Estimated costs were significantly higher than the winning bids on the Magee Road widening project. Such disparities can cause future issues.

When Pima County went out to bid on the Magee Road/Cortaro Farms widening in 2011, an engineer’s estimate put the expected cost of the two phases at around $39.3 million.

However, all of the bids came in well under and the sum of the winning bids from KE&G Construction and The Ashton Company was about $28 million, nearly 30 percent — and over $11 million — shy of the estimate.

While certainly one of the larger estimate-to-bid disparities over the Regional Transportation Authority’s first decade, it is hardly alone, according to data from the authority..

Over a couple dozen major roadway projects, estimates fell 17 percent short of winning bids on average, spelling tens of millions of dollars of difference. There were only a handful that underestimated costs.

At first glance, it may seem like an unmitigated good thing that project costs are coming in well under what was expected. What’s wrong with getting something for less than you thought you’d pay?

However, some area transportation officials say that frequent, significant overestimating can complicate project funding. Others say it’s not that big of a deal, especially when compared to the far more consequential issue of underestimating projects before bid day.

“The jurisdictions will typically need to have the resources to put a project out to bid,” the RTA’s Jim DeGrood told the Road Runner. “If they overestimate the amount of money that it’s going to cost to do a project, then those are funds that are tied up, that can’t be out on other projects. That’s not a good thing.”

“Consistent overestimation harms the region’s delivery of projects by unnecessarily committing funds to a project that may be used on other projects,” is how a recent RTA policy described the matter.

Obviously once a project is finished, unused funds are freed up for other work, but that can sometimes take quite a while. During that time, pots of potential dollars for road work can feel skimpier than they may actually be.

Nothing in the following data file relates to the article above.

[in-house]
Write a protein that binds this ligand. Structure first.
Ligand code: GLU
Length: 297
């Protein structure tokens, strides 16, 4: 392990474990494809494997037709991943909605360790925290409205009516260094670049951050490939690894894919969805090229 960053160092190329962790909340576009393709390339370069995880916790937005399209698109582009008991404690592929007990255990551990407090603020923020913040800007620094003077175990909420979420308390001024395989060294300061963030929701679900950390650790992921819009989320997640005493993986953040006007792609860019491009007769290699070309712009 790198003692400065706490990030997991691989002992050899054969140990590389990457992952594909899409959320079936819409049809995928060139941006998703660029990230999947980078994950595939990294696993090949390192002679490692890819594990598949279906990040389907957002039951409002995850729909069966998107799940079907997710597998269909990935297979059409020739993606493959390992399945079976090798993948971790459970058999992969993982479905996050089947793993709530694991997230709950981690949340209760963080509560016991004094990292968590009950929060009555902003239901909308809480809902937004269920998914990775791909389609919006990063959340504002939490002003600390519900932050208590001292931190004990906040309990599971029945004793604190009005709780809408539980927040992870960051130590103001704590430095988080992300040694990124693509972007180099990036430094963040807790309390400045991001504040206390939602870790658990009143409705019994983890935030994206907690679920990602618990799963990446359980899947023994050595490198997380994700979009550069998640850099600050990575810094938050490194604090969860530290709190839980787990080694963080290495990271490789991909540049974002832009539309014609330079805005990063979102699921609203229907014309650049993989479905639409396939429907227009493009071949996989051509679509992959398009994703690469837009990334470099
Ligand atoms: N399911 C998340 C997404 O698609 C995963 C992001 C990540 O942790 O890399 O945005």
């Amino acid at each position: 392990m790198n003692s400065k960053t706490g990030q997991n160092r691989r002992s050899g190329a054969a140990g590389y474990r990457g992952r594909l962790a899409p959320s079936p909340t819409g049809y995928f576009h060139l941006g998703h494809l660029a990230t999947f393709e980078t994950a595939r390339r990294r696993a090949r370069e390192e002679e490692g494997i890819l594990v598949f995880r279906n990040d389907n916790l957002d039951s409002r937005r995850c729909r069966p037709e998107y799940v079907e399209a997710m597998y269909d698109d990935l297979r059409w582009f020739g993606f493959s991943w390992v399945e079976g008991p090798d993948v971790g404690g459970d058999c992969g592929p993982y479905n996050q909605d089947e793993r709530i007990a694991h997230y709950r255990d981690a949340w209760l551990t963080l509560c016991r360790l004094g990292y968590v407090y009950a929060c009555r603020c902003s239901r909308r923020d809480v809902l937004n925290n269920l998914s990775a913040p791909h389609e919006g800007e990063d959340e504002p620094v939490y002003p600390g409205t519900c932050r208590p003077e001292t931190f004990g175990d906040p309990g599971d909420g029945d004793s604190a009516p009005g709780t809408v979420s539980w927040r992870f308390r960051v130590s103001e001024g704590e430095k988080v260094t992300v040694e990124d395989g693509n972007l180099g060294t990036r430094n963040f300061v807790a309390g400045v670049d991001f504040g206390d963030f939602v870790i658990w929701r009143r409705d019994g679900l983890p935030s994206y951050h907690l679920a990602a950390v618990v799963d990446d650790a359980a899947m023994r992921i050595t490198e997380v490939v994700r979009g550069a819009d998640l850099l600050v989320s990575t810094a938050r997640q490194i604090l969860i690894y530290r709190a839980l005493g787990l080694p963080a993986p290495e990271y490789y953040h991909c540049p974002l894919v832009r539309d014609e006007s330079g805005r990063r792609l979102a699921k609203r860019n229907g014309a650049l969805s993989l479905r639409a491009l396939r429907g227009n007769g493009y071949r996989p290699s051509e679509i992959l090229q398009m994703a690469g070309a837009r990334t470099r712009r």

There are likely lots of factors behind the sustained sizable overestimating. Part of it is what DeGrood, as well as Tucson transportation Director Daryl Cole, described as the instinctive conservatism of the firms doing the estimating, who very much want to avoid underestimating. After all, if winning bids come in over estimates, that means officials scrambling for extra dollars, or possibly even rebidding projects, which is a tricky proposition once all the contractors have laid their cards on the table.

But there are also larger macro factors behind overestimation, especially the echoes of the Great Recession, according to DeGrood and Cole. With not a lot of projects to go around in the years after the crash, bidding wars between firms hungry for work have driven construction costs down. But as DeGrood pointed out, the phenomenon is still seen in recent bids. Indeed, the four 2016 bids included in the RTA data show a higher average overestimation — over 25 percent — nearly a decade after global credit markets first froze.

DeGrood says there are some signs that the construction industry is picking up, which could mean bids start creeping upward. Nevertheless, he thinks steps can be taken to get tighter estimate-bid spreads. Among those measures, he suggested that less important elements of projects could be included as add alternates. That means they would only be done if the project is coming in under budget.

Whatever is done, tighter spreads are possible. For example, ADOT’s Phoenix District averaged 4.2 percent bid overestimation in 2010 and 1.3 percent in 2015, according to a 2016 state audit of the Maricopa Association of Government’s Regional Transportation Plan.

But Cole is skeptical that consistently high estimates are a big concern, and thinks that they can even be “a good thing.”

It’s obviously preferable for engineer’s estimates to be “right on the money,” he said, but overestimates can provide a safety cushion of sorts when unforeseen problems come up during a project, as they often do. He cited an ongoing city effort in which a basement was discovered in the right-of-way, requiring additional — and unanticipated — work and expenses.

As to funds that may get held up in projects, Cole said as soon as projects are finished, the extra capacity — “not real dollars,” he clarified — is released to the later stages.

“If I’m going to be on one side of that benchmark, I want to be on that side,” he said of high engineer’s estimates, adding later that coming in under winning bids is “much worse for the public, and industry.”

Contact: mwoodhouse@tucson.com or 573-4235. On Twitter:

@murphywoodhouse